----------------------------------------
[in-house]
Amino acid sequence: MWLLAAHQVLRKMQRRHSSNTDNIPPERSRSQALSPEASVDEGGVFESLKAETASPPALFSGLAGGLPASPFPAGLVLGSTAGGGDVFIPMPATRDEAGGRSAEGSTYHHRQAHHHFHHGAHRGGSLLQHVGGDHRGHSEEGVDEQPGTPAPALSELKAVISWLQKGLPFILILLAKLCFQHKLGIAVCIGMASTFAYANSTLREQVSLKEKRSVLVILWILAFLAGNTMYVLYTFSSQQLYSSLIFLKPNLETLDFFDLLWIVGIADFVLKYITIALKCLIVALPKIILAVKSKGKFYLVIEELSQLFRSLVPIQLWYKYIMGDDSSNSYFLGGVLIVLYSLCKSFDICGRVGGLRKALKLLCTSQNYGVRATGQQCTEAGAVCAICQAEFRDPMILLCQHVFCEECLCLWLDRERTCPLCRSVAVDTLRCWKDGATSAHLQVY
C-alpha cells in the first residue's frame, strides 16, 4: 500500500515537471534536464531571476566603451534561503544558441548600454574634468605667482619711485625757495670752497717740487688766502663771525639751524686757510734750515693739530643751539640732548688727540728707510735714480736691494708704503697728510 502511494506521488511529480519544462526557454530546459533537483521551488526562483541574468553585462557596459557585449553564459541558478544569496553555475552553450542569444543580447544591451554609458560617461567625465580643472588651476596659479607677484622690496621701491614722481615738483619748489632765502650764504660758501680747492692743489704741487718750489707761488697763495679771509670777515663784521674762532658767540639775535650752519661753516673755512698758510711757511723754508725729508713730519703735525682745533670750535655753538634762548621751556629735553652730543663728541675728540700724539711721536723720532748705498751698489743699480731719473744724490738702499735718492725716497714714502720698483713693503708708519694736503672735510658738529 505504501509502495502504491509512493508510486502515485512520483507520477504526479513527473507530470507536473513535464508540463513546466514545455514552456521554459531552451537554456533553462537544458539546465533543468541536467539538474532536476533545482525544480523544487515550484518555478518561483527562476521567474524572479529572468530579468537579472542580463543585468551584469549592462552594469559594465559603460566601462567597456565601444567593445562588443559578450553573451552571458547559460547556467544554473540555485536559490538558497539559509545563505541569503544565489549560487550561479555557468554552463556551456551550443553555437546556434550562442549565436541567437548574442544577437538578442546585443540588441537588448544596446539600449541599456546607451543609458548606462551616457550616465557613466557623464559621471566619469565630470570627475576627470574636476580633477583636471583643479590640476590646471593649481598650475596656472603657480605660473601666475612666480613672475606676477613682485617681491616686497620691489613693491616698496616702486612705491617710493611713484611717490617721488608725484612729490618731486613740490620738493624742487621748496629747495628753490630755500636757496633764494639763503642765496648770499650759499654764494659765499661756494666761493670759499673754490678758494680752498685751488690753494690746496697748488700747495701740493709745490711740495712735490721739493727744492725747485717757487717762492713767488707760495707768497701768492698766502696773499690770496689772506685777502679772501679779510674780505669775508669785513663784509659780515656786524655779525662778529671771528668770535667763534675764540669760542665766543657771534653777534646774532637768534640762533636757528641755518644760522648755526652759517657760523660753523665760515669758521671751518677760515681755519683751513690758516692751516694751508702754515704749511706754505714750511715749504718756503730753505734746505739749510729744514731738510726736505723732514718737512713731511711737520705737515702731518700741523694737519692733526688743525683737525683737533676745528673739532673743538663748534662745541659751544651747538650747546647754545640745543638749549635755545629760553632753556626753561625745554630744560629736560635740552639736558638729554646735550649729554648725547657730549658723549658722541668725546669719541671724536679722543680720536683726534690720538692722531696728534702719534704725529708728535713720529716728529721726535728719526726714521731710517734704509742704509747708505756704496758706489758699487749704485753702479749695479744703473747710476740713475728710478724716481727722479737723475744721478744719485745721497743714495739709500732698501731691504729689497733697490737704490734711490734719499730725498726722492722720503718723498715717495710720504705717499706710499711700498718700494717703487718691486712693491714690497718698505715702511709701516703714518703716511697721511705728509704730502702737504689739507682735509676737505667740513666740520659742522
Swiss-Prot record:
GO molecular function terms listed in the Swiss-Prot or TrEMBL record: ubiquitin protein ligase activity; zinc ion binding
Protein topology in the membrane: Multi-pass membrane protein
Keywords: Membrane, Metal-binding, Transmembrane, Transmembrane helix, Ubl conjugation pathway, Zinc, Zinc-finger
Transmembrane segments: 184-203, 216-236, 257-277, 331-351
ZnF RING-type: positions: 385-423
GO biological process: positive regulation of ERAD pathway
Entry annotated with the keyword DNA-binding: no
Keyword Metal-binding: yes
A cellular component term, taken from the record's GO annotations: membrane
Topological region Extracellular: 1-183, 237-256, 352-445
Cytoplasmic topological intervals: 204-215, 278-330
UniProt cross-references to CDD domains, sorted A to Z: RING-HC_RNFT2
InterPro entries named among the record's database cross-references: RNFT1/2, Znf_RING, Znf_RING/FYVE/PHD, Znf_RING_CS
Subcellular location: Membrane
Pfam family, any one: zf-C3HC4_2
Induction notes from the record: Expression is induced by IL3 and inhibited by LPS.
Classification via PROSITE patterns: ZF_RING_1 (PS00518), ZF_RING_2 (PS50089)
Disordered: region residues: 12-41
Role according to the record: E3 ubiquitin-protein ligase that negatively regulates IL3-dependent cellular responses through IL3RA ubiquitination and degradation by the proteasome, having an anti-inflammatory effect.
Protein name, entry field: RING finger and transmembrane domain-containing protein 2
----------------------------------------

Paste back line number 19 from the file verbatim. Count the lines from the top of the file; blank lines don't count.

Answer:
Pfam family, any one: zf-C3HC4_2